If the bank wants to make a loan but doesn’t have enough reserves without going below their reserve requirement, they can borrow money from another bank with excess reserves at the Federal Reserve (the Fed from here on out). The rate that they will pay for the loan is called the Federal Funds Rate. Basically, the lower the Fed Funds Rate, the easier (cheaper) it is for banks to borrow money from each other to make loans, meet reserve requirements, etc… This has the effect of basically adding additional money to the economy (increases the money supply).

The other rate that was lowered was the discount rate or ‘discount window’. This is the rate at which banks can borrow not from other banks but directly from the Federal Reserve. It is usually about a percentage point higher than the Fed Funds Rate (naturally, the Fed doesn’t want to lend its money to banks, so it is cheaper for banks to borrow from each other).

You will hear these rates referred to as monetary targets for open market operations. Open market operations are simply the means by which the Fed controls the supply of money in the economy.


When these two key interest rates are low, it often signals ‘easy money’, and can lead to inflation. When inflation is high, the Fed usually raises these two key interest rates in an effort to ‘cool’ the overheating economy. When economic growth is low (like what we are seeing in the economy presently), the Fed will lower interest rates in an effort to make funds easier to obtain, hence stimulating a slow economy.

Here is the catch… what do you do if the economy is slow and inflation is high?

Think about it…

The Ultimate Status Symbol

January 18, 2008

While visiting my aunt and uncle about a year ago, I was shocked to see my uncle, a very well off, successful man that works for one of the biggest corporations in the world walking around the yard in green sweatpants and a purple t-shirt. At first I could not figure out why a very financially successful, middle aged man with two kids would be walking around in the same outfit that the crazy homeless guy outside the university’s entry way wears. Then it came to me: this was a sign that he has ‘made it’.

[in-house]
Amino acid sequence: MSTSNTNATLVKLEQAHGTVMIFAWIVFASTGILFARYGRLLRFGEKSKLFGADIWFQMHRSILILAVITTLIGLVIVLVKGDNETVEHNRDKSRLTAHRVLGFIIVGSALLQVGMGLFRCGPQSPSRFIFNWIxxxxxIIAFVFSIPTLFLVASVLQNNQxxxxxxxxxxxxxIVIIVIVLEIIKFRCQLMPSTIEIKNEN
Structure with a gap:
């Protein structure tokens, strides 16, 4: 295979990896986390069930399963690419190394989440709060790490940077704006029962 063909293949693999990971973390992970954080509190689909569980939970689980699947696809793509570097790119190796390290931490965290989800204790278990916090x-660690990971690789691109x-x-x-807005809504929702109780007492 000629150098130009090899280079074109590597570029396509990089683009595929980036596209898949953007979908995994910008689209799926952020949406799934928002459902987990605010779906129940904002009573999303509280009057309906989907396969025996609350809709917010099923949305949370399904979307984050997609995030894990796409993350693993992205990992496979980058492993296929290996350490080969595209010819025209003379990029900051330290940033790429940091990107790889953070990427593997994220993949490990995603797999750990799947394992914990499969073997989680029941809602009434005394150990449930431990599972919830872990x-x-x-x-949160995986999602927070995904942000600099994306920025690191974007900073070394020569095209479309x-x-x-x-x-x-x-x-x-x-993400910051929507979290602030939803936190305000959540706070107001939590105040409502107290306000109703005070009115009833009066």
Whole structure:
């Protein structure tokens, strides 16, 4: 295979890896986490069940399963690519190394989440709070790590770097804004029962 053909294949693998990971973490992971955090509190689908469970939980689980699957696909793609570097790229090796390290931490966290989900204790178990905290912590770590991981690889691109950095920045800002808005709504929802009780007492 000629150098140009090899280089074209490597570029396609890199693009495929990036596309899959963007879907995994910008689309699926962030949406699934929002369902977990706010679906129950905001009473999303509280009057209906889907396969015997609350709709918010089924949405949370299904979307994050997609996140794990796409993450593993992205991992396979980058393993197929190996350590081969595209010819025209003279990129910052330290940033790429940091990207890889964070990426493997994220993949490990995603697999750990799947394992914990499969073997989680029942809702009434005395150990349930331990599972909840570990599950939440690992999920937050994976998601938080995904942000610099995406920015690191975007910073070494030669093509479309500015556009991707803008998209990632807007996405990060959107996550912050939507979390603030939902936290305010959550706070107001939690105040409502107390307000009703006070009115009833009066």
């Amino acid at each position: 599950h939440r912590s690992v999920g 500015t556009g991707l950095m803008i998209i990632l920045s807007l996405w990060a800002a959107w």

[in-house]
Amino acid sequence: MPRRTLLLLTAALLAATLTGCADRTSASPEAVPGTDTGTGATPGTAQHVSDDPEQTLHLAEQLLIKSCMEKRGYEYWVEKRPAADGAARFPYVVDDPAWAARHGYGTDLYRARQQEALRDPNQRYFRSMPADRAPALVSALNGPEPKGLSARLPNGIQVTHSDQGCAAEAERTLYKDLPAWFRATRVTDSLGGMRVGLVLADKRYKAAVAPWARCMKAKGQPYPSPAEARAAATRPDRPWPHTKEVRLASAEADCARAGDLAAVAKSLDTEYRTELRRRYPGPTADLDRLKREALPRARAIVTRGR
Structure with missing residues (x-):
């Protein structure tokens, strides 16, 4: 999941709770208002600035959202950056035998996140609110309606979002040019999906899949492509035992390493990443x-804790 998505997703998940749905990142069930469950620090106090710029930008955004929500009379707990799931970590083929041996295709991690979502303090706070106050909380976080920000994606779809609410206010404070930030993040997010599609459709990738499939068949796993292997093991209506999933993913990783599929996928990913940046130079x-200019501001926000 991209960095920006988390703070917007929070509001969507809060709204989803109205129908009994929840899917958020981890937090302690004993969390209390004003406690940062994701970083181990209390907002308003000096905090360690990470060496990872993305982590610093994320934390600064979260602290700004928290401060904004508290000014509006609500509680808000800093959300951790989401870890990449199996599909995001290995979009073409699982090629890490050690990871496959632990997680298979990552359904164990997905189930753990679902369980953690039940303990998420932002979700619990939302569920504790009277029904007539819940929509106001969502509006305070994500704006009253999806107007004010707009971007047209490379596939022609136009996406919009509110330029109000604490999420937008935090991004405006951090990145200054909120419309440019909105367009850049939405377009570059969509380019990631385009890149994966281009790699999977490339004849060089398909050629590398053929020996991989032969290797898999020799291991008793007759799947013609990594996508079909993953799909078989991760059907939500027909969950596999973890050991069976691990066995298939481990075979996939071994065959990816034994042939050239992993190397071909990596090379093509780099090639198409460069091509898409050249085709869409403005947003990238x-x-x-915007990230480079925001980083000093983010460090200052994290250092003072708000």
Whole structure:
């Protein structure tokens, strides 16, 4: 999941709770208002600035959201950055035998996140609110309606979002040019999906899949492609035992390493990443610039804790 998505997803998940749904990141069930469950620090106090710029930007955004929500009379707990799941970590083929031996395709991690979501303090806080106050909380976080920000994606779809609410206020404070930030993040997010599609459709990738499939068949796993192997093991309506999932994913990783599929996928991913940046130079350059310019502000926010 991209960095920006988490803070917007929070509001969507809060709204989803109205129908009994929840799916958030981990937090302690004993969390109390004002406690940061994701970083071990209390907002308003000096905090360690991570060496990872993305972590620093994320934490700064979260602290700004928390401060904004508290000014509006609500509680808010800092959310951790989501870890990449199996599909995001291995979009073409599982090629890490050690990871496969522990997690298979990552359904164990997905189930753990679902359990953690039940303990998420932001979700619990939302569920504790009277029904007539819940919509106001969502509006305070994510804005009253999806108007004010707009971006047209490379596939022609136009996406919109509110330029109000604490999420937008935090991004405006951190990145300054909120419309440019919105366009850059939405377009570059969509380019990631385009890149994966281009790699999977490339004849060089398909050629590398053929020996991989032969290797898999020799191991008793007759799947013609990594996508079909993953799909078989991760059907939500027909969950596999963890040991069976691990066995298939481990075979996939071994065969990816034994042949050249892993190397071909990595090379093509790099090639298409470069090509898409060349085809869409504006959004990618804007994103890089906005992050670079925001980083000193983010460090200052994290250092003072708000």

As times have changed, so have the ways in which men display their financial ‘status’ to those around them. In the middle ages being overweight was a status symbol, as only those who had plenty of resources had the means to become overweight (now being overweight likely means you have to work two jobs to make ends meet leaving you with no time to exercise). In the 50’s and 60’s, having a big house or fast car was a status symbol. As I have matured, however (or failed to as my girlfriend will tell you), I have become fascinated with the most subtle of all status symbols: sweatpants.

You heard me correctly. Sweatpants are the big house or Ferrari of the new millennium. Don’t believe me? I can tell you this much: right now, as a lowly graduate student with nearly no money, there is no way in hell that I can get away with wearing sweatpants. If I wore them around the house, my girlfriend would call me a loser. If I wore them in public, the consequences could be far worse. If I were particularly well off, however, I could certainly get away with wearing sweatpants in my free time. If my girlfriend didn’t like it, I could do what many wealthy men before me have done: sit down in a la-Z-boy, tune her out, and watch football. Once you have ‘made it’, there is really no need to impress anyone anymore, and I really can’t think of any attire more comfortable than sweatpants.

Once I am in a more financially sound position, I will wear sweatpants (the kind with the elastic around the ankle, to be exact) whenever I have the opportunity. I will most likely compliment them with a t-shirt or sweatshirt that has one of those nature murals on the front. You know, the kind that has some sort of airbrush painting of a wolf or moose or something like that. Once I am able to wear one of these outfits with no real consequences, I will know that I have finally ‘made it’.